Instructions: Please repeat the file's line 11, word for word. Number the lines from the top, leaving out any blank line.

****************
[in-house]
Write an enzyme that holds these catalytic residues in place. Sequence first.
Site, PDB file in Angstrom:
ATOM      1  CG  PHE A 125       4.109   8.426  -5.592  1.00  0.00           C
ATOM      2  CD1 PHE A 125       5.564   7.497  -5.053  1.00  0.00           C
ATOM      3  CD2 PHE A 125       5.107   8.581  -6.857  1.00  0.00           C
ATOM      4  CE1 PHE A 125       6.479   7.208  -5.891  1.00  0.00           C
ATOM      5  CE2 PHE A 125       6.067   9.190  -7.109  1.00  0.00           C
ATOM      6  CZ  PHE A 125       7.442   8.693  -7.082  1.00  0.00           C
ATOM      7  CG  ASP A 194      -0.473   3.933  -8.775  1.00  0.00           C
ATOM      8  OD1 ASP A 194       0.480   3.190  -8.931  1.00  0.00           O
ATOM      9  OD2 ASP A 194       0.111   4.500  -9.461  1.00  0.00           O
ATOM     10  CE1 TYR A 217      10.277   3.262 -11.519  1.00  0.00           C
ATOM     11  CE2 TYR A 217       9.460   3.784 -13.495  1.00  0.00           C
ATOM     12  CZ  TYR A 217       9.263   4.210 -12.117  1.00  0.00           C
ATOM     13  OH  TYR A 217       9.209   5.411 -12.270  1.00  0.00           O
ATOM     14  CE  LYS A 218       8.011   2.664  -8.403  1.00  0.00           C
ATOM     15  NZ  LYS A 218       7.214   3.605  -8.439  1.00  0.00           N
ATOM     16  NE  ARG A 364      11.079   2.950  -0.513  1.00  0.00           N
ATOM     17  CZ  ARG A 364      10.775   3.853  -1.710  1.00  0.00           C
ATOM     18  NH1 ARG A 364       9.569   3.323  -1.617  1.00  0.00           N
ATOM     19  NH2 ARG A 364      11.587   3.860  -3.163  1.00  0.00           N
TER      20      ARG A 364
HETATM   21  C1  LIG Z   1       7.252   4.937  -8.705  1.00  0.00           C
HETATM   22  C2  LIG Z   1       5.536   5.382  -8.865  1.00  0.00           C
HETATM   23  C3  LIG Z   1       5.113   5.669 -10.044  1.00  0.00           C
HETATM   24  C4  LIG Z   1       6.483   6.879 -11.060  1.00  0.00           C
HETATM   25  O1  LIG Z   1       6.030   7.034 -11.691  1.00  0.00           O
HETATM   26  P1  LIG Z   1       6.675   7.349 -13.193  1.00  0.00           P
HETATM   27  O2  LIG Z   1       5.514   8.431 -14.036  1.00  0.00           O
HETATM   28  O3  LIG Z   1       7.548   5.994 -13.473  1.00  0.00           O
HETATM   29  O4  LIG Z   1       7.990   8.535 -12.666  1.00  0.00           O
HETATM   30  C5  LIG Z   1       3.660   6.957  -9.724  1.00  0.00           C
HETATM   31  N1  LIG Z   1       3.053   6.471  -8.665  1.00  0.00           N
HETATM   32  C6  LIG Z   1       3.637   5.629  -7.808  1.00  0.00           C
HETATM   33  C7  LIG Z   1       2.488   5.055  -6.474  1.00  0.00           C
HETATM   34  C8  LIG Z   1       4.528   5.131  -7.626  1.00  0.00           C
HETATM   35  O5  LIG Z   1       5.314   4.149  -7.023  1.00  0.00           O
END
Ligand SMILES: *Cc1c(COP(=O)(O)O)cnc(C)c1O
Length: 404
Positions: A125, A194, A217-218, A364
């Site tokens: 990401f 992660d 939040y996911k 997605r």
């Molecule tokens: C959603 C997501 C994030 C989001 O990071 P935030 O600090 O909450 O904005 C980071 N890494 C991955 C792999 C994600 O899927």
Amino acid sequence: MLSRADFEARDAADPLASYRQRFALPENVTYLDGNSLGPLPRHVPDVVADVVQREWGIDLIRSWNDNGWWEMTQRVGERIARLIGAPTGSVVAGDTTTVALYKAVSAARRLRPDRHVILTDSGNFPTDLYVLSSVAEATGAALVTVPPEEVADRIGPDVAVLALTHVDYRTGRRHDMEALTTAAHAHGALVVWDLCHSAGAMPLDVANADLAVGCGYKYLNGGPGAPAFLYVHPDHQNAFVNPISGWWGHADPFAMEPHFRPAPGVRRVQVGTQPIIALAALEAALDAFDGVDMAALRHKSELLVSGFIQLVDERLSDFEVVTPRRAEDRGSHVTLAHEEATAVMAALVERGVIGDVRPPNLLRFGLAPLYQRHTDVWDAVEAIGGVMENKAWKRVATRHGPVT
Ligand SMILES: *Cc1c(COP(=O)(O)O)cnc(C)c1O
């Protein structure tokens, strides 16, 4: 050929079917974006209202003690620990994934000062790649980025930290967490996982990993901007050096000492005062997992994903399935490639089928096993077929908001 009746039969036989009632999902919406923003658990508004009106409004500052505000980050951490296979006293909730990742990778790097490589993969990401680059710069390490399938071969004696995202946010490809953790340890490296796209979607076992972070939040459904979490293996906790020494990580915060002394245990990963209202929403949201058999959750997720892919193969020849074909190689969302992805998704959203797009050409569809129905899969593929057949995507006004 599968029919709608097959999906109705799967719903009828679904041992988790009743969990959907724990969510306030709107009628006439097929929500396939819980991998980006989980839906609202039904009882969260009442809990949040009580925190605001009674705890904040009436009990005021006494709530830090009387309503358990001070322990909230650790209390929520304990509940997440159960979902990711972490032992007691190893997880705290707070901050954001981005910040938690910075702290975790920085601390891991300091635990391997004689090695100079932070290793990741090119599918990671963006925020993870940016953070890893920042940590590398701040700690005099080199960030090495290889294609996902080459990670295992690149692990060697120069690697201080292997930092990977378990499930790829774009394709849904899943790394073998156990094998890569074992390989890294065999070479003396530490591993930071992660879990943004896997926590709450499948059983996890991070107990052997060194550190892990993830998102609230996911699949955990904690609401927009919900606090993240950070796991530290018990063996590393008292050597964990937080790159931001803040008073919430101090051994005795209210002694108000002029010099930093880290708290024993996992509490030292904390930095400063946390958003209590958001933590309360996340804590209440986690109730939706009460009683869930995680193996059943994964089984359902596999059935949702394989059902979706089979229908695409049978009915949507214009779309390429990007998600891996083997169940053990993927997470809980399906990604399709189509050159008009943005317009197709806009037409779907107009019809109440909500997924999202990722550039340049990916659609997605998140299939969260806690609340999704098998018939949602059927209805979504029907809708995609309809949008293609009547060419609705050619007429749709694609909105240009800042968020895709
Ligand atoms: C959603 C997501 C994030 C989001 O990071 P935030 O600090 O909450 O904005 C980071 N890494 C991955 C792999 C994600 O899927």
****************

ATOM      8  OD1 ASP A 194       0.480   3.190  -8.931  1.00  0.00           O